Bahamas Redi-Mix

Companies Cement Relationship, Form Bahamas Redi-Mix

                In a move aimed at strengthening efforts, streamlining resources and building efficiency, two of the largest companies in the Bahamian construction industry announced this week they have joined forces and opened as Bahamas Redi-Mix with a plant in the Airport Industrial Park, west Nassau.

The new partnership cements a long-standing relationship between Nassau Ready Mixed and NP Building Supplies, one-time competitors turned business partners.

“It is ironic,” said Phil Andrews, Managing Director of the new company. “Both of us come from generations of parents and grandparents who started their businesses at about the same time, in the 1950s when construction first began to really take off in The Bahamas. It is hard to find a major structure that one of our two families did not help build from the old Britannia Hotel to the most recent phase of Atlantis with nearly all the government buildings in between. We hear stories about how they used to bid against each other though I think they were always friends.”

According to Andrews, whose grandfather Jack Donald founded Nassau Ready Mixed nearly 60 years ago, the former competitors began working cooperatively during the first phase of Atlantis, supplying concrete for all three phases as a joint venture. That was in the early 1990s.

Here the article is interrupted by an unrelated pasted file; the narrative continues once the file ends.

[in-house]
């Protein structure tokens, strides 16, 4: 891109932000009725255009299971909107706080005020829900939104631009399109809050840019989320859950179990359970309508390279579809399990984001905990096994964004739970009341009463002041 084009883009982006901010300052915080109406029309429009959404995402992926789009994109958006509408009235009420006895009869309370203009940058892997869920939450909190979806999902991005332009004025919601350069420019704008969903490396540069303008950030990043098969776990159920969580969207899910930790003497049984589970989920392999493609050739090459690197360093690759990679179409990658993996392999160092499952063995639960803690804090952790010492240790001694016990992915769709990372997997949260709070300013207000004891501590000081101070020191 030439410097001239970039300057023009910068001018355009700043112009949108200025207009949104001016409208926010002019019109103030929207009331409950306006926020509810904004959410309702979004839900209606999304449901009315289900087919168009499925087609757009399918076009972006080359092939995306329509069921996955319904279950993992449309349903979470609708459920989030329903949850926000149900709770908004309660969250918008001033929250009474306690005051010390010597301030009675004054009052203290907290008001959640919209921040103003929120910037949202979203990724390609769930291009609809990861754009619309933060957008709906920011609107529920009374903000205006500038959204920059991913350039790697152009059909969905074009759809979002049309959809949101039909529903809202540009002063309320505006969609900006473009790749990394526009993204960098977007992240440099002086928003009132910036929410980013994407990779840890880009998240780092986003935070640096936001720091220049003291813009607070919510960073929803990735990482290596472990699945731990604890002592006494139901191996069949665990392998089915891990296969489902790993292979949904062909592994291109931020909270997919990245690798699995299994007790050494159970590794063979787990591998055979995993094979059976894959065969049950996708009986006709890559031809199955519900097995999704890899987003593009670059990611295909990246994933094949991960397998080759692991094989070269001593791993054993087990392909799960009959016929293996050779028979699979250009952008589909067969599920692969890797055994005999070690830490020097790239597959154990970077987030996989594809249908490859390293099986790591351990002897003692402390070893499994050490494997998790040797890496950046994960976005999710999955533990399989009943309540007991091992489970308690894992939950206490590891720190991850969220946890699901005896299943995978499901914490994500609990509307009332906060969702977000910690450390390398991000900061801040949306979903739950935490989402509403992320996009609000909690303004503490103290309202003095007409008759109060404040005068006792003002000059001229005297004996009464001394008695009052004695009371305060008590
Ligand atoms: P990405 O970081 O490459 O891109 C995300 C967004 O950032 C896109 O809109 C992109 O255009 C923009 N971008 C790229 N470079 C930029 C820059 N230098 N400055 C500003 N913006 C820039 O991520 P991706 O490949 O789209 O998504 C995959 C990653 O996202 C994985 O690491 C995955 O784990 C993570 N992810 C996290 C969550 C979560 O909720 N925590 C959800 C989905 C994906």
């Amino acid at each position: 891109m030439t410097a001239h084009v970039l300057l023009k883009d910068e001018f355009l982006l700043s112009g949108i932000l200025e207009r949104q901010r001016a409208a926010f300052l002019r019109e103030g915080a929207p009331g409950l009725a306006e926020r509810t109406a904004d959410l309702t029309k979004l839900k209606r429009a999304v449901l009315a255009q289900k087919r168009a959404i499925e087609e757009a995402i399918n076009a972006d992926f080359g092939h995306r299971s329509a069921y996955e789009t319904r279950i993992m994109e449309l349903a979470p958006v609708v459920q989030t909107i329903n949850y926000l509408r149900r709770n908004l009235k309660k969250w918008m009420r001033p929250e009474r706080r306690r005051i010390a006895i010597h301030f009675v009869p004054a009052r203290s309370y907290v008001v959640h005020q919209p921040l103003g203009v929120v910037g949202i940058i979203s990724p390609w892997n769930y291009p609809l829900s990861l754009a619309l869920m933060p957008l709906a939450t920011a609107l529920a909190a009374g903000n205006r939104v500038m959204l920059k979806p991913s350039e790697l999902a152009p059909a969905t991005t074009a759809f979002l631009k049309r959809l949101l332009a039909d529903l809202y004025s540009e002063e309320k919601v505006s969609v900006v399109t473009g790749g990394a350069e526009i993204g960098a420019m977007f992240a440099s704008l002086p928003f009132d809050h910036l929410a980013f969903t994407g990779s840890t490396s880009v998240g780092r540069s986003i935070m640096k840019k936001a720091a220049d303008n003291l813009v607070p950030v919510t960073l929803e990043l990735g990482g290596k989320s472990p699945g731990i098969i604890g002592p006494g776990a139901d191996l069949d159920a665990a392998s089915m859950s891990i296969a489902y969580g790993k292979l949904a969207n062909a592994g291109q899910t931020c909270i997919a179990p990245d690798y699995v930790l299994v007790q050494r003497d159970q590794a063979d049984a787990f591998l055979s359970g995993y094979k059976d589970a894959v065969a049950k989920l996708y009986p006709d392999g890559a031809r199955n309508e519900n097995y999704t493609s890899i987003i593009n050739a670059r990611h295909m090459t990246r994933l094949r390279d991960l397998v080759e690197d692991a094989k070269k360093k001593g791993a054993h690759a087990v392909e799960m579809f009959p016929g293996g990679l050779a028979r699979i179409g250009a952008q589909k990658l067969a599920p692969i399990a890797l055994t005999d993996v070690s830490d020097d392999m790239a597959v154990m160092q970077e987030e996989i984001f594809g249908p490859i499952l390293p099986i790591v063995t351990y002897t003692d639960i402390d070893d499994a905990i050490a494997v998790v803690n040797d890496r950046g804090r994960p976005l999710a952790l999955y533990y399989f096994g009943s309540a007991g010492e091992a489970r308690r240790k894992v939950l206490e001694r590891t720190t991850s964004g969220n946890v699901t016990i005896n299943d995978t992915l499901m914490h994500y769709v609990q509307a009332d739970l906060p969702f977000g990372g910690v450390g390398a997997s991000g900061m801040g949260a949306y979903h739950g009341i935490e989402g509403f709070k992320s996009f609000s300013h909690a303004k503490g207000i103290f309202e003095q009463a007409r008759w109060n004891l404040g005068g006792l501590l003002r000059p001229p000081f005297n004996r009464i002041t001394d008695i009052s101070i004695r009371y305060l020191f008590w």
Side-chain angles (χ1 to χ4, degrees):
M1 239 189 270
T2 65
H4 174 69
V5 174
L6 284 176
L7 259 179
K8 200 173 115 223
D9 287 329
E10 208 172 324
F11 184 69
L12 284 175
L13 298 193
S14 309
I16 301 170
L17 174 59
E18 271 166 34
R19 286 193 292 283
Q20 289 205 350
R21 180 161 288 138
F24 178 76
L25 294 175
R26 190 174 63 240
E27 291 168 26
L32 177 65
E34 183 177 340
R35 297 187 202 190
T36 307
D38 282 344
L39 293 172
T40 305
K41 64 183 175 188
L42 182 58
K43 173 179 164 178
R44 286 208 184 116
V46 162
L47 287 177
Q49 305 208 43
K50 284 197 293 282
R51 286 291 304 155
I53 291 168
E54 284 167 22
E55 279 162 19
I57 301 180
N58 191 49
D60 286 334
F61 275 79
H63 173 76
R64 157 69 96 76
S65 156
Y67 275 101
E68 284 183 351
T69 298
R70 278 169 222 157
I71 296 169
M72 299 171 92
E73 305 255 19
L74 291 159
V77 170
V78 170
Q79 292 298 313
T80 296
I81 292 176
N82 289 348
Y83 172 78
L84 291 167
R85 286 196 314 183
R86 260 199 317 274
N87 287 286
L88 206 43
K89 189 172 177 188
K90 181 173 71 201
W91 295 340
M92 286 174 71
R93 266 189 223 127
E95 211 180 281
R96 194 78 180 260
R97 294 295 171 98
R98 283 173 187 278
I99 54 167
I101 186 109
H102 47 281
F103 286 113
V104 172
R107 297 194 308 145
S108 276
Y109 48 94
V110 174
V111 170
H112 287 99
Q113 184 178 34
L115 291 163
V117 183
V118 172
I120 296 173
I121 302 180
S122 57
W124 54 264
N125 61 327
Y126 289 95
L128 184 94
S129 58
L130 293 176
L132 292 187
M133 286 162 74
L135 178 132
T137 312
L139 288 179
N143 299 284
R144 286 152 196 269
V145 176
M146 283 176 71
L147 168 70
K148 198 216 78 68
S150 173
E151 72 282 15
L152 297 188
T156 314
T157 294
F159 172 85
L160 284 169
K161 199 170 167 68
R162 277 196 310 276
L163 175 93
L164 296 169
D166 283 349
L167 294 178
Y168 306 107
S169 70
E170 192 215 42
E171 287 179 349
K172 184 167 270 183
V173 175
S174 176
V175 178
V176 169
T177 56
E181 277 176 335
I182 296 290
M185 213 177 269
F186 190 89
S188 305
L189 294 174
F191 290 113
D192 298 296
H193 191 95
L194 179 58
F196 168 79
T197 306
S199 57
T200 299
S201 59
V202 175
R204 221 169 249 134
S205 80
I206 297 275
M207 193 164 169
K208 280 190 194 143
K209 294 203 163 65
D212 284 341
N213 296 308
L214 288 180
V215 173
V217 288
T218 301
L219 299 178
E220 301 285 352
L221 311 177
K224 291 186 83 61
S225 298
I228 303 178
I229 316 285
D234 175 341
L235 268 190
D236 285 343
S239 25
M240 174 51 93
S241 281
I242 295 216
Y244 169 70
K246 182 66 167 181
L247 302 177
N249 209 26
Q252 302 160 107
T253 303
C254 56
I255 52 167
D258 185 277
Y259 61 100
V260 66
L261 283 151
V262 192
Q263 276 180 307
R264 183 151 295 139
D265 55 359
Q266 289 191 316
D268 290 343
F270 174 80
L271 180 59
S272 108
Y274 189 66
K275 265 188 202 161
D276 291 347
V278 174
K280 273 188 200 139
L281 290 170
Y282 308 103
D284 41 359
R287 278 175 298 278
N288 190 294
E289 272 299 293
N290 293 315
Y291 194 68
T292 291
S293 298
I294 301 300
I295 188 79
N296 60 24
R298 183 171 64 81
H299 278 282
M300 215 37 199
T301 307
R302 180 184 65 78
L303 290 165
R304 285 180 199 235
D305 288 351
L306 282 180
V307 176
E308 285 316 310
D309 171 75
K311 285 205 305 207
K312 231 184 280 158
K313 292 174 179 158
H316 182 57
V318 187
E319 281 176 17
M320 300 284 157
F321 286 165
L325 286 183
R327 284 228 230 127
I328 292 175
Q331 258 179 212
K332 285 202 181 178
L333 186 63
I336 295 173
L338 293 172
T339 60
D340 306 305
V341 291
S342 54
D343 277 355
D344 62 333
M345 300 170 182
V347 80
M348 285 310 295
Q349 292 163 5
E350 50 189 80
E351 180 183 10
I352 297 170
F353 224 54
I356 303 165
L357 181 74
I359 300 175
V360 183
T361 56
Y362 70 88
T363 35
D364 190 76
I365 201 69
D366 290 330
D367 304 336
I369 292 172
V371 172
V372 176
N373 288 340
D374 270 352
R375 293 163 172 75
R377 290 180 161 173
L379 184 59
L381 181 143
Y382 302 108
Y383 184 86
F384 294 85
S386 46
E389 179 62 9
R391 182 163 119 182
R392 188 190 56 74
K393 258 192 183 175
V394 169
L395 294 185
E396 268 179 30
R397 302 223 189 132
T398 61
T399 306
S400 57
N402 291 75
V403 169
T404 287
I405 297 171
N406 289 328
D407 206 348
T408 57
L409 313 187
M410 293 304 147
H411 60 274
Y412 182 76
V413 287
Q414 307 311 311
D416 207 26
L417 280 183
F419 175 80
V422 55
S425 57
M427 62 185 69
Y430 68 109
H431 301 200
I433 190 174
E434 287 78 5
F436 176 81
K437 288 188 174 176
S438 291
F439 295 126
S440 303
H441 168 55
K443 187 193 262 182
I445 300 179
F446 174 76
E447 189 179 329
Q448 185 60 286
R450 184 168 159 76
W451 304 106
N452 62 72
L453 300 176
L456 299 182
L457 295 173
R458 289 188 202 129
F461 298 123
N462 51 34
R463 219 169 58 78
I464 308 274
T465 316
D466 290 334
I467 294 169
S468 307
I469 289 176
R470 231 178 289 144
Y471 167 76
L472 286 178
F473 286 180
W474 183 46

Then Nassau Ready Mix, which had outgrown its Oakes Field facility, sold the property a few years ago and was considering re-locating and building a new plant when discussions began about the merger.

“The rest is a natural transition and a short history,” said James ‘Jimmy Mosko, President of Bahamas Redi-Mix. The new plant was built on land Mosko owned in the increasingly popular Airport Industrial Park. Both companies’ trucks got new paint jobs and logos and employees never missed a beat. About 10 moved seamlessly from Nassau Ready Mix to Bahamas Redi-Mix.

“We had a few who had been with the company a very long time and took the opportunity to retire, but other than natural attrition, there was no job loss and we hope we will have reason to expand,” said Andrews, though he is concerned about lack of major developments, particularly in New Providence. The Pointe, he says, referring to the mixed-use development immediately west of the Hilton on West Bay Street, and the exclusive community of Albany, are the most promising for large construction concerns now that ONE Cable Beach is nearing completion.

Individual housing starts are reported to be up, but there is little in the way of industrial, large commercial or new residential subdivisions or resorts on the drawing board for Nassau, Andrews said. The company is already in place with a batch plant to prepare Coco Cay in the Berry Islands, a cruise ship stopover, for major expansion.